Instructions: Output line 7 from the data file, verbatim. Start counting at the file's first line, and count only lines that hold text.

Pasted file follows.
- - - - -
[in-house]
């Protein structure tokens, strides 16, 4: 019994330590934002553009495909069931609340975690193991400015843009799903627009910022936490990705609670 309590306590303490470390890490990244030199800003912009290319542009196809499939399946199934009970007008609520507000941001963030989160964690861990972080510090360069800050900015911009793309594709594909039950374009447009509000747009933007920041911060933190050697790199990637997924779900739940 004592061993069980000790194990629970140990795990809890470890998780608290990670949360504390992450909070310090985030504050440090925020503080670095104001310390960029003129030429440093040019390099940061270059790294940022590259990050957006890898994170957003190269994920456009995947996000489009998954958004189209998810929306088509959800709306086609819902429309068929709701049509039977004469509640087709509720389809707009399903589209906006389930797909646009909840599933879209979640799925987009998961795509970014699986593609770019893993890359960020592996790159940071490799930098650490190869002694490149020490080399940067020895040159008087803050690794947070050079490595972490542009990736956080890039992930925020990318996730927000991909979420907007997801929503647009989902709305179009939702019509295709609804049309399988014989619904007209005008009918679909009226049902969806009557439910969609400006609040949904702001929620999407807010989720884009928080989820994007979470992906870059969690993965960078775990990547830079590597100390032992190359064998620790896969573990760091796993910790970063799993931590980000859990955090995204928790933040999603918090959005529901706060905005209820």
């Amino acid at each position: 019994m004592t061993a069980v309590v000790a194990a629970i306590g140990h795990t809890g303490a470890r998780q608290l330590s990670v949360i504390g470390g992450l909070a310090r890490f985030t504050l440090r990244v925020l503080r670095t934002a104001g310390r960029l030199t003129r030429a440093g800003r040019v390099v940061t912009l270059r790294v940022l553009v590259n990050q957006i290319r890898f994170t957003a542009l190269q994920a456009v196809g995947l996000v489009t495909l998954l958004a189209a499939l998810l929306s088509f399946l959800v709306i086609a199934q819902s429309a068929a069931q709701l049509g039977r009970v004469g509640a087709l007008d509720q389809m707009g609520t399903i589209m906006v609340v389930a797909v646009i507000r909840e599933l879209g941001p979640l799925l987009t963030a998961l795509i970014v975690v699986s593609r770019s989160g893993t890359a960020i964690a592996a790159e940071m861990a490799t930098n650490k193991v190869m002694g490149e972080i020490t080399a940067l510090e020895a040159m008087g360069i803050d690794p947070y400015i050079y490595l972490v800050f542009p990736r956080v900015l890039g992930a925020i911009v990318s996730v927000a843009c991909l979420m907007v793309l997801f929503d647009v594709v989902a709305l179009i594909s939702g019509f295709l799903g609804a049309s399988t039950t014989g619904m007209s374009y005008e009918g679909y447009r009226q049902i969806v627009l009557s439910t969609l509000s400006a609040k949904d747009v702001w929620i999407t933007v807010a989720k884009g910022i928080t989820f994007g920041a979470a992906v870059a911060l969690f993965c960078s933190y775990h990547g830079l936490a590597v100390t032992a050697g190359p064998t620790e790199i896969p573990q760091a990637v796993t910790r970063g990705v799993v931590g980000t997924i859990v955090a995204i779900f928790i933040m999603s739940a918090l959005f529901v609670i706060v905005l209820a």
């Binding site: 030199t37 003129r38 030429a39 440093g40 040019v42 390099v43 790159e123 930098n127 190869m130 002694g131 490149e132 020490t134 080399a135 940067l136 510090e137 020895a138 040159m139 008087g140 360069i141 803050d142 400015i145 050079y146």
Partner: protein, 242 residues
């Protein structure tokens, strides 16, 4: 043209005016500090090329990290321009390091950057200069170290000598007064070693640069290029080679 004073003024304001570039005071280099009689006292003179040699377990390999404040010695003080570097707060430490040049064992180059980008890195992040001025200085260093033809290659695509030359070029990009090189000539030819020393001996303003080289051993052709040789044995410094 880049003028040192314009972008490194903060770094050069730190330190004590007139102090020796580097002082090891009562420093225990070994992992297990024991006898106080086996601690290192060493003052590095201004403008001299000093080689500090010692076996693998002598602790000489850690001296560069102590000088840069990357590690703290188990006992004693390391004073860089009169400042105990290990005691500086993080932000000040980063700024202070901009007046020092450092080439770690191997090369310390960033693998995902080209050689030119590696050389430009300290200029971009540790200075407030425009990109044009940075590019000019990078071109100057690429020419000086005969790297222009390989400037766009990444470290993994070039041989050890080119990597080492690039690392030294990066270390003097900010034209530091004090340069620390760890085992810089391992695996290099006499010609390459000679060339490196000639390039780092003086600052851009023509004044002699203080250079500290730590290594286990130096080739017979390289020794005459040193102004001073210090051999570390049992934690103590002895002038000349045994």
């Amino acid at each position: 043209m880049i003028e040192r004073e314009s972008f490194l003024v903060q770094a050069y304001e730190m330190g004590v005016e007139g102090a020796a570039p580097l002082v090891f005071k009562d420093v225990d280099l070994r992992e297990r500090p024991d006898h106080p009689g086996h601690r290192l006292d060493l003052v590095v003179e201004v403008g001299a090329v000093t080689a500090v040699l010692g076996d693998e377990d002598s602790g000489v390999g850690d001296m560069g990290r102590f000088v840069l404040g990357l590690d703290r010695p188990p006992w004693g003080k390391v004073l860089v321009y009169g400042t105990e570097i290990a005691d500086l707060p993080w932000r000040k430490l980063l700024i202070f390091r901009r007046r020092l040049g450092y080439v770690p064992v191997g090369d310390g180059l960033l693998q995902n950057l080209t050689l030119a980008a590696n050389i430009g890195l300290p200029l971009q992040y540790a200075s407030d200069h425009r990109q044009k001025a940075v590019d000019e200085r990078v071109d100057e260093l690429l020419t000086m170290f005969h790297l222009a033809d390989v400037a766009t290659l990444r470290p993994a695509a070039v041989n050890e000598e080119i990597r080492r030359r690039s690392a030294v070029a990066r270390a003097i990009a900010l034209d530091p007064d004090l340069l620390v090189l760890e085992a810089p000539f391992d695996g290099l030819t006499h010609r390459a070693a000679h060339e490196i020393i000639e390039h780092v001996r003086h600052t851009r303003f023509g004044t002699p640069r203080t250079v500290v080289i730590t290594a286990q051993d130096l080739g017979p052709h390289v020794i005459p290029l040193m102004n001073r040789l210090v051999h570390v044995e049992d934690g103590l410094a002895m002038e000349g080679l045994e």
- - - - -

């Amino acid at each position: 043209m880049i003028e040192r004073e314009s972008f490194l003024v903060q770094a050069y304001e730190m330190g004590v005016e007139g102090a020796a570039p580097l002082v090891f005071k009562d420093v225990d280099l070994r992992e297990r500090p024991d006898h106080p009689g086996h601690r290192l006292d060493l003052v590095v003179e201004v403008g001299a090329v000093t080689a500090v040699l010692g076996d693998e377990d002598s602790g000489v390999g850690d001296m560069g990290r102590f000088v840069l404040g990357l590690d703290r010695p188990p006992w004693g003080k390391v004073l860089v321009y009169g400042t105990e570097i290990a005691d500086l707060p993080w932000r000040k430490l980063l700024i202070f390091r901009r007046r020092l040049g450092y080439v770690p064992v191997g090369d310390g180059l960033l693998q995902n950057l080209t050689l030119a980008a590696n050389i430009g890195l300290p200029l971009q992040y540790a200075s407030d200069h425009r990109q044009k001025a940075v590019d000019e200085r990078v071109d100057e260093l690429l020419t000086m170290f005969h790297l222009a033809d390989v400037a766009t290659l990444r470290p993994a695509a070039v041989n050890e000598e080119i990597r080492r030359r690039s690392a030294v070029a990066r270390a003097i990009a900010l034209d530091p007064d004090l340069l620390v090189l760890e085992a810089p000539f391992d695996g290099l030819t006499h010609r390459a070693a000679h060339e490196i020393i000639e390039h780092v001996r003086h600052t851009r303003f023509g004044t002699p640069r203080t250079v500290v080289i730590t290594a286990q051993d130096l080739g017979p052709h390289v020794i005459p290029l040193m102004n001073r040789l210090v051999h570390v044995e049992d934690g103590l410094a002895m002038e000349g080679l045994e």